Two (Weak) Cheers for Markets in Votes

Two (Weak) Cheers for Markets in Votes This paper offers the first moral defense of markets in votes in a democratic electoral system based on majority rule where there are no moral restrictions on how votes can be cast. In Part 1 I outline the type of vote buying that I defend in this paper, and defend my methodological assumption. In Part 2 I criticize Freiman’s arguments for legalizing vote buying (arguments that do not address its morality). In Part 3 I outline and reply to some responses that could be made to my criticisms of Freiman’s arguments. In Part 4 I draw from the flaws in Freiman’s arguments to argue that vote buying is morally permissible and defend these arguments against objections. http://www.deepdyve.com/assets/images/DeepDyve-Logo-lg.png Philosophia Springer Journals

Two (Weak) Cheers for Markets in Votes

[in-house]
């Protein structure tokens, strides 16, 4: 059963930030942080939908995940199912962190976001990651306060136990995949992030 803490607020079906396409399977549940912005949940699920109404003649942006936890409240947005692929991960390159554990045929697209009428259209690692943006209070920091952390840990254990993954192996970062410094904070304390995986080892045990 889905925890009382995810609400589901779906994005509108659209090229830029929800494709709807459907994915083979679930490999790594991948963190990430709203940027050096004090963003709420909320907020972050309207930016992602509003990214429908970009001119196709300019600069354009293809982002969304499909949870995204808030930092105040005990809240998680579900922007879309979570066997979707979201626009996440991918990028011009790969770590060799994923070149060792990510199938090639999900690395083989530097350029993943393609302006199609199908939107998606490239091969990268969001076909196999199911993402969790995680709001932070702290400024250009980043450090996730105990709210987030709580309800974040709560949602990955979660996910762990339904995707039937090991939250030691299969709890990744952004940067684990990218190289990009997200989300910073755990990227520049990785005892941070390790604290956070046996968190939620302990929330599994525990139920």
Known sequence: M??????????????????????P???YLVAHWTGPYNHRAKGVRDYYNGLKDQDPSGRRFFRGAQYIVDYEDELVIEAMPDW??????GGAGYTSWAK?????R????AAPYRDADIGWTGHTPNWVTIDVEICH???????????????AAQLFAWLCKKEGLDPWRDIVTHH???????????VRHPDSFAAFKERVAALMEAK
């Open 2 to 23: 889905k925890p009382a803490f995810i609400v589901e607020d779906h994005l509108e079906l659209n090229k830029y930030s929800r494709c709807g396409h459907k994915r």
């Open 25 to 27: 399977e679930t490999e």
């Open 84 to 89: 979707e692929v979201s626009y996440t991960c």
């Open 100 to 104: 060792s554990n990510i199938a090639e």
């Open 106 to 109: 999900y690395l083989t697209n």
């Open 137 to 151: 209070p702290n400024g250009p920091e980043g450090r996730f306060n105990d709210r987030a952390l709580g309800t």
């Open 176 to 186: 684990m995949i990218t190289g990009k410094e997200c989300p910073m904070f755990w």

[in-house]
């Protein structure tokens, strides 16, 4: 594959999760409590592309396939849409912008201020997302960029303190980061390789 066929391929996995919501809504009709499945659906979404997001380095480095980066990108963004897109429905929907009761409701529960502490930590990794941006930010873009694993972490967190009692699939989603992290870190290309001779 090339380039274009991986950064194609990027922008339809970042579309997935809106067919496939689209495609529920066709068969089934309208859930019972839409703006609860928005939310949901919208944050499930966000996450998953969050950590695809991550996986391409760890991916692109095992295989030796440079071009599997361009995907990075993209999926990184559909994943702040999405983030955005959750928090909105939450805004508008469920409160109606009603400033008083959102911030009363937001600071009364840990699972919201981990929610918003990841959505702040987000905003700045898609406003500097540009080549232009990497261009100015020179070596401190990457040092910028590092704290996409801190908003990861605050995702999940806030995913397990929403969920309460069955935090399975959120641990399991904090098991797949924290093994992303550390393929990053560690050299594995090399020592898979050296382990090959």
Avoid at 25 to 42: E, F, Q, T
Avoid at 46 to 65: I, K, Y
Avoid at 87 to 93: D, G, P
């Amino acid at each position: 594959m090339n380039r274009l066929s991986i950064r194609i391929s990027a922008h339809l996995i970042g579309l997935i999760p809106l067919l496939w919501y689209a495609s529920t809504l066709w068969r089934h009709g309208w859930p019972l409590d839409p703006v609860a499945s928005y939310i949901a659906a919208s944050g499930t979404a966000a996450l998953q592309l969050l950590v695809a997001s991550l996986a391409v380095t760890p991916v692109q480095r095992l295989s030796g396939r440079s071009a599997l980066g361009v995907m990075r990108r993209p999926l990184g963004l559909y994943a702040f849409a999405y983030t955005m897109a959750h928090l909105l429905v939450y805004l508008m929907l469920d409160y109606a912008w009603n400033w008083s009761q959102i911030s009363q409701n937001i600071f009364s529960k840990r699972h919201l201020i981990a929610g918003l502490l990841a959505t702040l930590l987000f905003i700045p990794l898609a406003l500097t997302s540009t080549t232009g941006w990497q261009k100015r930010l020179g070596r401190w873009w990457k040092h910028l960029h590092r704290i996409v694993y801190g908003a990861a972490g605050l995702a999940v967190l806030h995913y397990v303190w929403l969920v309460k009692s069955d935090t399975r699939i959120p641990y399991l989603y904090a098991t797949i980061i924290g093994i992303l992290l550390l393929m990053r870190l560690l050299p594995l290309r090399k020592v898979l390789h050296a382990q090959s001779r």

Philosophia , Volume 46 (1) – Aug 18, 2017
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Publisher
Springer Netherlands
Copyright
Copyright © 2017 by Springer Science+Business Media B.V.
Subject
Philosophy; Philosophy, general; Epistemology; Ethics; Philosophy of Language; Philosophy of Mind; Philosophy of Science
ISSN
0048-3893
eISSN
1574-9274
D.O.I.
10.1007/s11406-017-9886-0
Publisher site
See Article on Publisher Site

Abstract

This paper offers the first moral defense of markets in votes in a democratic electoral system based on majority rule where there are no moral restrictions on how votes can be cast. In Part 1 I outline the type of vote buying that I defend in this paper, and defend my methodological assumption. In Part 2 I criticize Freiman’s arguments for legalizing vote buying (arguments that do not address its morality). In Part 3 I outline and reply to some responses that could be made to my criticisms of Freiman’s arguments. In Part 4 I draw from the flaws in Freiman’s arguments to argue that vote buying is morally permissible and defend these arguments against objections.

Journal

PhilosophiaSpringer Journals

Published: Aug 18, 2017

References

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